We all know the travel industry is hurting right now. Governments have banned travel to China. Now, travel by foreign nationals from continental Europe to the U.S. is banned, too. Many countries are instituting mandatory quarantines for large segments of the traveling population, even citizens. Large gatherings are being outlawed in the name of reducing exposure, and the entire NCAA championship series will be played before empty seats.
The airline industry is reporting steep declines in business. United says bookings have declined 70%. Alaska Airlines has extended their deep-discount sale for nearly a week, although in fairness they’ve raised prices from $20 to $25 for a one-way ticket. European regulators have finally waived a rule requiring airlines to fly empty planes or risk losing their landing slots. And if you think plummeting oil prices are going to save the industry, don’t forget that many airlines hedge prices and are locked in at higher rates.
A little closer to home — or at least my heart, since I don’t live there anymore — Seattle’s hospitality industry is on the verge of collapse. Room occupancy at some hotels is below 10% with properties considering layoffs. It’s sad because when I first moved there the city had a lack of quality accommodations in good neighborhoods, something they’ve managed to turn around with lots of new construction. I have a couple of hotel reviews from a recent trip that I need to get up on the blog during my vacation next week.
Even worse, restaurants are starting to shut down. Amazon is spending $5 million to subsidize restaurants in South Lake Union and Downtown that no longer see customers after the entire workforce was ordered to call in from home. Some restaurants are shutting down permanently since, with margins as thin as they are, it’s unlikely they’ll be able to recover from even a temporary closure over the busy tourist season. Seattle is a big hub for cruises bound for Alaska, and while those itineraries aren’t affected yet, two other ships planning to make temporary port-of-call stops were turned away by the port.
My own employer has also asked us to work from home and cancelled a big conference in Las Vegas. SXSW has been cancelled — which I’m kind of happy about because Austin wasn’t designed to handle those crowds — but it’s a huge financial loss for the organization (which had a crappy insurance policy) and the local businesses that rely on those visitors.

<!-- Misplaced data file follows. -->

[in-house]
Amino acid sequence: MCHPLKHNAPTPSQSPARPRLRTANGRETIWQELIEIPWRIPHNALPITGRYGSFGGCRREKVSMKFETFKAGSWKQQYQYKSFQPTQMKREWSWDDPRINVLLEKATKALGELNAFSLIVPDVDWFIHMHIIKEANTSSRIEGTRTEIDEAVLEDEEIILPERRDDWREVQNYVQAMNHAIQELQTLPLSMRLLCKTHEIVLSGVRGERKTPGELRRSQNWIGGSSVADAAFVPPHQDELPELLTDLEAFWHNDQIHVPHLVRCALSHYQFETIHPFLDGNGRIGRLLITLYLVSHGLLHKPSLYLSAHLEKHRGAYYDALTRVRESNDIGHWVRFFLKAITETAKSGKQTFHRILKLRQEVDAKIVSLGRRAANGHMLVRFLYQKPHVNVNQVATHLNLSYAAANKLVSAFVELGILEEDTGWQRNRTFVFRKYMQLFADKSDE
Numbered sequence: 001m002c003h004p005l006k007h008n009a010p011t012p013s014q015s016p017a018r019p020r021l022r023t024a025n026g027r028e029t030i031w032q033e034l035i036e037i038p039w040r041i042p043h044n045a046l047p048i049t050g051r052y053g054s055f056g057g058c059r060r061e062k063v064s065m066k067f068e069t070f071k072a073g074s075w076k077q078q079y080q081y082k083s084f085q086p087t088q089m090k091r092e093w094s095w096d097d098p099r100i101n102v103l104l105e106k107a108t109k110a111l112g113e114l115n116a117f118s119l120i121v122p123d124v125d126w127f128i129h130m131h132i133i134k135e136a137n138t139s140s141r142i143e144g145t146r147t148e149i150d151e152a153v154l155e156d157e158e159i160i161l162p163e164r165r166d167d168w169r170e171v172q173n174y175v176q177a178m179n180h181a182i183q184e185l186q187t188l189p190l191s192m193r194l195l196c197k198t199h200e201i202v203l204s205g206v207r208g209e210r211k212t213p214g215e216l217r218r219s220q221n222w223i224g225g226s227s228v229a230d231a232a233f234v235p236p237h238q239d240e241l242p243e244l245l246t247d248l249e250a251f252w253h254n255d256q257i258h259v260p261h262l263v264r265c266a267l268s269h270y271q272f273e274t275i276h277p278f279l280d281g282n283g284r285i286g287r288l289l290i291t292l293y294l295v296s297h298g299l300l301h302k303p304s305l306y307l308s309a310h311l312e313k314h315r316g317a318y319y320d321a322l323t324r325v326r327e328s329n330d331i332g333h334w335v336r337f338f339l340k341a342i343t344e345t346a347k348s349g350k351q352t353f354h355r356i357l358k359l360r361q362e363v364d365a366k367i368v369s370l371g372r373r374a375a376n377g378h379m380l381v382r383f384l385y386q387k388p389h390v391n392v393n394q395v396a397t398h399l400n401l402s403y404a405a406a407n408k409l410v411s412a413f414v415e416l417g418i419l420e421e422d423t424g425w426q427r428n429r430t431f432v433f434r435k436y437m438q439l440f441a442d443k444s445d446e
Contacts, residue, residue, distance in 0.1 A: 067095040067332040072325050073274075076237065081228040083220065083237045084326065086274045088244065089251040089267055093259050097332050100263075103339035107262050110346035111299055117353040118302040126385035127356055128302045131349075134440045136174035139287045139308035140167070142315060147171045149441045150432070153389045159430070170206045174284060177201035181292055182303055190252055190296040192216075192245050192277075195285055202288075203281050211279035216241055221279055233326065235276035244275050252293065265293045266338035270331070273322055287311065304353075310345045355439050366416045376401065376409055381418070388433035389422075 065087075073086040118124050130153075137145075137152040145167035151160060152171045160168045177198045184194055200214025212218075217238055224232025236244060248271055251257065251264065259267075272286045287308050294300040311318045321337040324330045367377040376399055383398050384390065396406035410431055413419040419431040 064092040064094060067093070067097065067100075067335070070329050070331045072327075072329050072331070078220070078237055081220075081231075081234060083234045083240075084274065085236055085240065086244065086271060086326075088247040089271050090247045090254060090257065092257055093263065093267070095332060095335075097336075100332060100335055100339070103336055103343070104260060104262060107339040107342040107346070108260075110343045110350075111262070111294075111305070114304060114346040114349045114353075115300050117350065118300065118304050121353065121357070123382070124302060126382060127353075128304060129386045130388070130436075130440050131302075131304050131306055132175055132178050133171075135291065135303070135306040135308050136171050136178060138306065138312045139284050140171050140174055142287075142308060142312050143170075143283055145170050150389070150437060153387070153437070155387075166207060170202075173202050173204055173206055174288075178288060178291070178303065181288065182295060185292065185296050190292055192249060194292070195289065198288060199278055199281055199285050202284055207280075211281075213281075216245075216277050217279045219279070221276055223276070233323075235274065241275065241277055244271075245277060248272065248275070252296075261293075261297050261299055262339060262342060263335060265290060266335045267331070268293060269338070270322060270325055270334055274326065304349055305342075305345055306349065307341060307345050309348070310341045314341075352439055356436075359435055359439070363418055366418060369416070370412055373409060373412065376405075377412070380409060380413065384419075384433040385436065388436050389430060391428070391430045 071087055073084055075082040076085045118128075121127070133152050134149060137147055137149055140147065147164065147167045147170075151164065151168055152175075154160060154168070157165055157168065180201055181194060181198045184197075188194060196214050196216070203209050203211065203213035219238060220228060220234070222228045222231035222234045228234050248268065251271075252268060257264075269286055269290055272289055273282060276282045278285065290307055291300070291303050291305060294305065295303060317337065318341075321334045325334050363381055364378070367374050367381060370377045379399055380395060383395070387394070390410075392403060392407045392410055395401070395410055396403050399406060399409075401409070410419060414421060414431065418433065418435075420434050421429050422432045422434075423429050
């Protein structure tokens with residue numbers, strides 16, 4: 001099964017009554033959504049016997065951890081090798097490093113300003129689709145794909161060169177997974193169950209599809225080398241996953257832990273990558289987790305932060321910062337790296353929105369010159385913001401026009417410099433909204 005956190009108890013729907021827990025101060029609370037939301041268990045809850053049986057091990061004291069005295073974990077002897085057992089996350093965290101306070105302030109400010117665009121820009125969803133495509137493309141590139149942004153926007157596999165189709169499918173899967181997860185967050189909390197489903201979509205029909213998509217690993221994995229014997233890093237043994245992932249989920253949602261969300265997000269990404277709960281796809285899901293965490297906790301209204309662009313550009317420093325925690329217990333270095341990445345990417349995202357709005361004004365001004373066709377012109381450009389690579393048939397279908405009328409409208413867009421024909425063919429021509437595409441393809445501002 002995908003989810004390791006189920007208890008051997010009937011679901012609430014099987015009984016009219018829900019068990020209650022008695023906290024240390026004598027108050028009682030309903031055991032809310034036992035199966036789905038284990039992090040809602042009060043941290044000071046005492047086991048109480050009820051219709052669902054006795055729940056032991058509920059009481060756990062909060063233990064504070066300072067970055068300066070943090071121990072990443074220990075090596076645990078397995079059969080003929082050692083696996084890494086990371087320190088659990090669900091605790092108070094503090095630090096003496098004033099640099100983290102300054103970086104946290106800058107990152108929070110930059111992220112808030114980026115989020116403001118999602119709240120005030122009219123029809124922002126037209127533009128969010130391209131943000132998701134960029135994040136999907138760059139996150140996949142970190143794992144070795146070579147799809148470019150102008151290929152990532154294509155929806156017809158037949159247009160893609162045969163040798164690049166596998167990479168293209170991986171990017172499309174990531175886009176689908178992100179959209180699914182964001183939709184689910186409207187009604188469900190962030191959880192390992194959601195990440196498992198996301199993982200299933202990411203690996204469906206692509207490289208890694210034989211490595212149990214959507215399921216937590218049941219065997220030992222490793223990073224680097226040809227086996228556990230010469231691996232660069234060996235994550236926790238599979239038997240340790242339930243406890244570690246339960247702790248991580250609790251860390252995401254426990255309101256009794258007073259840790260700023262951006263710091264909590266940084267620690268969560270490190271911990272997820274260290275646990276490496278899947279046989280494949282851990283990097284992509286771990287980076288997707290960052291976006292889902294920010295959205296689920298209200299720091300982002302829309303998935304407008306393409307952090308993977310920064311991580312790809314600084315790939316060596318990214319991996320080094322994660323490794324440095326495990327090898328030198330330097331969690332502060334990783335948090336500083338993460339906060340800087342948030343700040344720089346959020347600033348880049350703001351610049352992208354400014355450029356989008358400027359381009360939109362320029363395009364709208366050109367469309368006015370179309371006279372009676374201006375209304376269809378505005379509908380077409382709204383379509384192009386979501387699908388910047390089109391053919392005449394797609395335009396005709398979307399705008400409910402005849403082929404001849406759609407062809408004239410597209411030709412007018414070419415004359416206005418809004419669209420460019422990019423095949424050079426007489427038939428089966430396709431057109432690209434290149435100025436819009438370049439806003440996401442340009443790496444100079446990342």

It will get worse before it gets better. I suspect we’ll see continued reductions in schedule by airlines, perhaps some hotels will close temporarily, and there will be emergency assistance for furloughed employees so they can collect unemployment benefits even if they’re not looking for work. Even when the pandemic fades, probably in summer, the economy will take time to recover. The key thing to note here is that the travel industry is getting hit hardest and first. But they aren’t alone. Everyone else relies on the travel industry: to have fun, to get business done, to bring in new customers, etc.
There is a silver lining in all of this. The Great Recession was a golden time for travel loyalty programs. We had double elite qualifying points promos and big credit card bonuses. Deals could be stacked end on end. When the industry hurts, they tend to go after their most loyal customers to drum up more business. I wouldn’t recommend you travel now, but there could still be some good deals to take advantage even after the health risk has passed.
I’m not sure things will be quite as good as before. We have 10 years or so of evolution in how airlines and hotels think about loyalty, how to measure it, how to reward it. They and the credit card issuers have gotten better at shutting down loopholes and any other activity they view as “not consistent with the intention of the program.” But opportunities will exist. Plan for them. Be ready. A lot of the travel blogs you read today didn’t exist before the last recession. You’ve had 10 years to prepare for this moment.
But for now, be safe.